Strange as it may seem, Brussels' international airport was not equipped with basic safety equipment. Many experts, as well as Russian and foreign tourists, pointed to a lack of metal detectors at the entrances and the inexplicably free access to the territory of the airport.
"What kind of security can be discussed if the main airport in the country was not equipped with access control monitoring systems?," Josef Linder, president of the International Counter-Terror Training Association was quoted by RT as saying.
He was echoed by Russian tourist Alexandra Sadomtseva, who said that "anyone can enter the airport building and carry any luggage." She added that she saw several servicemen in the airport, but that there were no police officers inside the building.
2. Coordination with neighbors
Unfortunately, Belgian security forces have failed to duly coordinate efforts in the face of a terrorism threat. Right now, the security forces of just five EU countries exchange information on those who are suspected of international terrorism, something that has yet to be done by the security structures of the other 23 EU member states.
"Of course, European intelligence services should better coordinate their efforts as far as the fight against terrorism is concerned. Thus far, cooperation in this area has been inefficient," Jean-Louis Fiamenghi, ex-head of the French police special forces unit RAID said in an interview with RT.
Kirill Kabanov, chairman of the Russian National Anti-Corruption Committee, for his part, berated the Belgian intelligence services for failing to cooperate with their Russian colleagues.
"The main mistake of the Belgian security structures is their lack of cooperation with Russia and its experts, [who have] extensive experience in the fight against terrorism," he said.
3. The Abdeslam factor
After arresting Salah Abdeslam, the Belgian security forces decided that the problem had been resolved, and failed to foresee the possible development of events. This raises eyebrows, given that during an interrogation, the organizer of the terrorist attacks in Paris on November 13 admitted that he was planning a similar attack in Belgium.
In an interview with RT, Alexey Filatov, vice-president of the international anti-terrorist association Alpha, said that the "according to incoming data, the Brussels terrorist attacks were provoked by the arrest of Salah Abdasalam."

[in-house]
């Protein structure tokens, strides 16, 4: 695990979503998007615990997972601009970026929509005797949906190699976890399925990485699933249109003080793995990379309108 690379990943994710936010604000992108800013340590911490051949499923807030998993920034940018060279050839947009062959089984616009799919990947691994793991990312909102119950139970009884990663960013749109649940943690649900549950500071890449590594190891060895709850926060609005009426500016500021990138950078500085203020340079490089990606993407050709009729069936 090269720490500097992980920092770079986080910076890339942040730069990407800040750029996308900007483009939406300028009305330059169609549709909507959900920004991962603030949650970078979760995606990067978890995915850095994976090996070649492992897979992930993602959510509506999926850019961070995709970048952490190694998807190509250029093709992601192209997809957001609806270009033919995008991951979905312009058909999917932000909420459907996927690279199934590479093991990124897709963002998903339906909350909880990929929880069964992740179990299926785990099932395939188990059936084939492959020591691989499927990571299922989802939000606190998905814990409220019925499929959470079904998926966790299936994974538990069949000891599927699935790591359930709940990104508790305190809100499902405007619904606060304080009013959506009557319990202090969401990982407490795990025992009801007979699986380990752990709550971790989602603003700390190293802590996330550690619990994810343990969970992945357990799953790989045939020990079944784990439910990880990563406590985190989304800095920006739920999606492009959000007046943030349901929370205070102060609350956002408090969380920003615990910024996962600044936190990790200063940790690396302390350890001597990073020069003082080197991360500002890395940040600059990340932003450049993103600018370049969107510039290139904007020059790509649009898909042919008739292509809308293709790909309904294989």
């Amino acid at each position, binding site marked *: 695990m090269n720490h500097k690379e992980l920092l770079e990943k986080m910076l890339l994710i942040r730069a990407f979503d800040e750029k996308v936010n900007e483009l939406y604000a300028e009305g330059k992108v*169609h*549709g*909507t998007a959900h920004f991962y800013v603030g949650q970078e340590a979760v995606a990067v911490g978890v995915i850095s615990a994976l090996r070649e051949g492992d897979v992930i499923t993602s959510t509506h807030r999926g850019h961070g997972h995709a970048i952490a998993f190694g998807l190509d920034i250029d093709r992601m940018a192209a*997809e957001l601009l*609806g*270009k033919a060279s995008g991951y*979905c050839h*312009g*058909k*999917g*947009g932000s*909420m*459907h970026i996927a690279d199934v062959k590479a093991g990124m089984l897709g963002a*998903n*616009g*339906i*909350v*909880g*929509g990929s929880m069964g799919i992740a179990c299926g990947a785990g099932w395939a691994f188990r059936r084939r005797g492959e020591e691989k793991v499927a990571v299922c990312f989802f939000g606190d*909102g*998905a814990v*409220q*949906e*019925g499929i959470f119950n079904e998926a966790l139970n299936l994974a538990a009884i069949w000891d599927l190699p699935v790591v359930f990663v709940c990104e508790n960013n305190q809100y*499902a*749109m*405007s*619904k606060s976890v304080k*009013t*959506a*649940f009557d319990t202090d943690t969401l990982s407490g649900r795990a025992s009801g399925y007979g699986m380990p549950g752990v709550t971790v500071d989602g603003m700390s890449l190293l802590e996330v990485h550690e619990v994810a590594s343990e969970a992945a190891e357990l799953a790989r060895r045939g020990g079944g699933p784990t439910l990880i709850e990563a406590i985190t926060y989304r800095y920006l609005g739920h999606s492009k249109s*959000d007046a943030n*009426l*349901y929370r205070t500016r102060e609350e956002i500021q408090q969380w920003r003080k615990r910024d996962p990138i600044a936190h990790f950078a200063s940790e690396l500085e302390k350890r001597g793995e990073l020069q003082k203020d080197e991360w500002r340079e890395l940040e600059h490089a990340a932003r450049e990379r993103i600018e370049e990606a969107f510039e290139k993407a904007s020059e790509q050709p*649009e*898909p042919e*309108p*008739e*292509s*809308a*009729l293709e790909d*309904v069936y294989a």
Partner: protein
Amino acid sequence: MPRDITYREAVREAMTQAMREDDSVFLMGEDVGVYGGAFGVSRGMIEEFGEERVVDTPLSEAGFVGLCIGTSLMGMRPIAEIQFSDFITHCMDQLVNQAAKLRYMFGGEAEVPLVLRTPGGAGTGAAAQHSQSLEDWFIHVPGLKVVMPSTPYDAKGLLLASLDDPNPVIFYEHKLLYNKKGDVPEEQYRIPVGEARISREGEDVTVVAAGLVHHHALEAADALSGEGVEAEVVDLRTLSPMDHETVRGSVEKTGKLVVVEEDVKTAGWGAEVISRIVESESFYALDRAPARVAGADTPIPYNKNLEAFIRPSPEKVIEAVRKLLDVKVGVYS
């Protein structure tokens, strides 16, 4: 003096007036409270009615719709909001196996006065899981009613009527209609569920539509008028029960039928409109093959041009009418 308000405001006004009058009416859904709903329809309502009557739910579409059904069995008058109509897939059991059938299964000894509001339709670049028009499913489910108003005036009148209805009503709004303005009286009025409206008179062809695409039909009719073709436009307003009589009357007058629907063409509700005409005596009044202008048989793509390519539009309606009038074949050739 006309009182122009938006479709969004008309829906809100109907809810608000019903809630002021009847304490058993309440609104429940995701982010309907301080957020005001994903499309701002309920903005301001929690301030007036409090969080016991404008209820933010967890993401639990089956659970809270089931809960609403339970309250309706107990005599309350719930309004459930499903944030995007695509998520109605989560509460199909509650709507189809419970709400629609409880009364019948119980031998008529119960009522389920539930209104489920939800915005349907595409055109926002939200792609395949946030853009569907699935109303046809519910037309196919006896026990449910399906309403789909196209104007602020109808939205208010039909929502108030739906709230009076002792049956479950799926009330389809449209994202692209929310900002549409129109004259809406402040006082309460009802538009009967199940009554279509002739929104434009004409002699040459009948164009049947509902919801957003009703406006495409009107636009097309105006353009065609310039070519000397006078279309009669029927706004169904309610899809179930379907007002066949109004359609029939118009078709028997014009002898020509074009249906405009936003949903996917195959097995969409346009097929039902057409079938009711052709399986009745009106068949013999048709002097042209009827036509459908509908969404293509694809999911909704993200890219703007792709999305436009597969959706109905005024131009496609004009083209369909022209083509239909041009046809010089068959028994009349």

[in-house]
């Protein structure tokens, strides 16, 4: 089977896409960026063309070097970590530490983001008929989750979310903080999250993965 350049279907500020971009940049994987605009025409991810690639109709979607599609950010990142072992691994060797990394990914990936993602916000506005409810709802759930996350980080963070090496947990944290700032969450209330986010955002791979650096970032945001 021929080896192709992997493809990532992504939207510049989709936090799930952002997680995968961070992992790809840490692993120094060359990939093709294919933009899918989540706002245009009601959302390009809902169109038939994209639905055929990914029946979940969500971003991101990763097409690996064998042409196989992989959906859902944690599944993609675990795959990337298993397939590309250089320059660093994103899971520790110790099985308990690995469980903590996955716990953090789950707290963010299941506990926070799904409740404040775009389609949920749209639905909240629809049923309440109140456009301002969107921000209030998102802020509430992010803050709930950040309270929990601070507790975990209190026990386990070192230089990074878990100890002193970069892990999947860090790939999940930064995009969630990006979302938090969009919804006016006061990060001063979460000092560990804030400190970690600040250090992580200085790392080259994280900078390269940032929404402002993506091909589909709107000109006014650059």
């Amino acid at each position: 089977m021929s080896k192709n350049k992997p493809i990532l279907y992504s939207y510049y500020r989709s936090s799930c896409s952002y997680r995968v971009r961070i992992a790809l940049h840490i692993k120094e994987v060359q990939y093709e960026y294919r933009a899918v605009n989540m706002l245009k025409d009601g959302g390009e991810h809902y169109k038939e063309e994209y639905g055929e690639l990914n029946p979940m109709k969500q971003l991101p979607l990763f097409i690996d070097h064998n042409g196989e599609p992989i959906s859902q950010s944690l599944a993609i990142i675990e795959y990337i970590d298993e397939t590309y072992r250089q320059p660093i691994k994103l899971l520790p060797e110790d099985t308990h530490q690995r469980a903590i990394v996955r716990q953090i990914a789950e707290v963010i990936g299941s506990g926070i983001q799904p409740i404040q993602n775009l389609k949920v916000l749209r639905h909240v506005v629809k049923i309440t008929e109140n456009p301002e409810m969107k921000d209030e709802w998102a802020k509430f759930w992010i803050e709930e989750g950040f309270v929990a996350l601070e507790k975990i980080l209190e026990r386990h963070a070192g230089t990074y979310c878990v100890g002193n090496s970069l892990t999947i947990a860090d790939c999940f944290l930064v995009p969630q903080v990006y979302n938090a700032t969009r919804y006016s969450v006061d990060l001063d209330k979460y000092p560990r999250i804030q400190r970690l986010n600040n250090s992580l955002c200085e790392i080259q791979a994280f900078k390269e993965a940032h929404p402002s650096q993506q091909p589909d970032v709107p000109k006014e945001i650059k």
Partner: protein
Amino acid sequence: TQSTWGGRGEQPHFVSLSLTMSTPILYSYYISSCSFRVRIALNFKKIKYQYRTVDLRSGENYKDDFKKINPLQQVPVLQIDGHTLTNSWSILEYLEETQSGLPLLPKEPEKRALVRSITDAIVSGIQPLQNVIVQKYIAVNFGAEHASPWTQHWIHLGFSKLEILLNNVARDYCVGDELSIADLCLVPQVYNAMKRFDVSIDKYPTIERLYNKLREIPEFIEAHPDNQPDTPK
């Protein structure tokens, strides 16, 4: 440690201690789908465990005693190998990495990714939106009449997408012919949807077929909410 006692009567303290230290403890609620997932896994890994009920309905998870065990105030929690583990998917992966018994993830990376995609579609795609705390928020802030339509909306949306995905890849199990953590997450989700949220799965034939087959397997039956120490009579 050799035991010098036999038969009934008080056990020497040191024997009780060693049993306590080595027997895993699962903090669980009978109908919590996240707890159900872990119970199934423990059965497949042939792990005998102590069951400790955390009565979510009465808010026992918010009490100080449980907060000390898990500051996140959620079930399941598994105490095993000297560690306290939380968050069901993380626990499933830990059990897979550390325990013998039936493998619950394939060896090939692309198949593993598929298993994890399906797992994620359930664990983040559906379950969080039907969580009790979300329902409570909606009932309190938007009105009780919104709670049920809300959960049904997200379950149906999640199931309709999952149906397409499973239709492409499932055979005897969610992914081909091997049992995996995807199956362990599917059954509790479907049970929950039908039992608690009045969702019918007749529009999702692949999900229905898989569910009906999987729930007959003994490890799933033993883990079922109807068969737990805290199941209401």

"Apparently, a terrorist act was being planned — a large-scale one that should have been staged at a different time. Abdeslam's interrogation could finally help police track his accomplices, which is why terrorist decided to be quick about carrying out the attacks," he said.
As such, the municipality Molenbeek is little more than an uncontrollable ethnic enclave, according to RT. It is safe to assume that law and order in this suburb of Brussels has fallen victim to political correctness and multiculturalism. The security services did not even try to work in this "state within a state" that became an all-European hotbed of terrorism, RT said.
Yevgeny Satanovsky, head of the Moscow-based Middle East Institute told RT that "multiculturalism and migrants' freedom of access from the Middle East and Africa to Europe for several decades made Brussels the capital of European radicalism and Islamism."
"Democracy and human rights have also contributed to this, resulting in the creation of a free Sharia zone in Molenbeek, where the police have not been in decades," he said.
5. Internal fragmentation of security forces
The lack of duly coordination between the city authorities and law enforcement agencies has also played a negative role in the development of the latest tragic events in Belgium.
"The country is, in fact, divided into two enclaves. There is no single government and parliament, as well as there is no interaction between the executive authorities. And separate intelligence agencies cannot interact within their country," Josef Linder said.
He also lamented the fact that "the whole experience of the previous work of the Belgian intelligence services was destroyed by the European Union's policy."
6. Clandestine intelligence agents
Many experts, including Linder, pointed out that the fight against terrorism can only be effective with the help of a full-fledged agent network.
"Intelligence work in the Belgian enclaves was carried out at a minimum level, and combating terrorism in such a way is almost impossible", Linder said.
On March 22, at least 31 people were killed and 300 others injured in a series of explosions at Brussels Airport and in one of the city's subway stations. The terrorist group Daesh (ISIL/ISIS) has claimed responsibility for the attacks.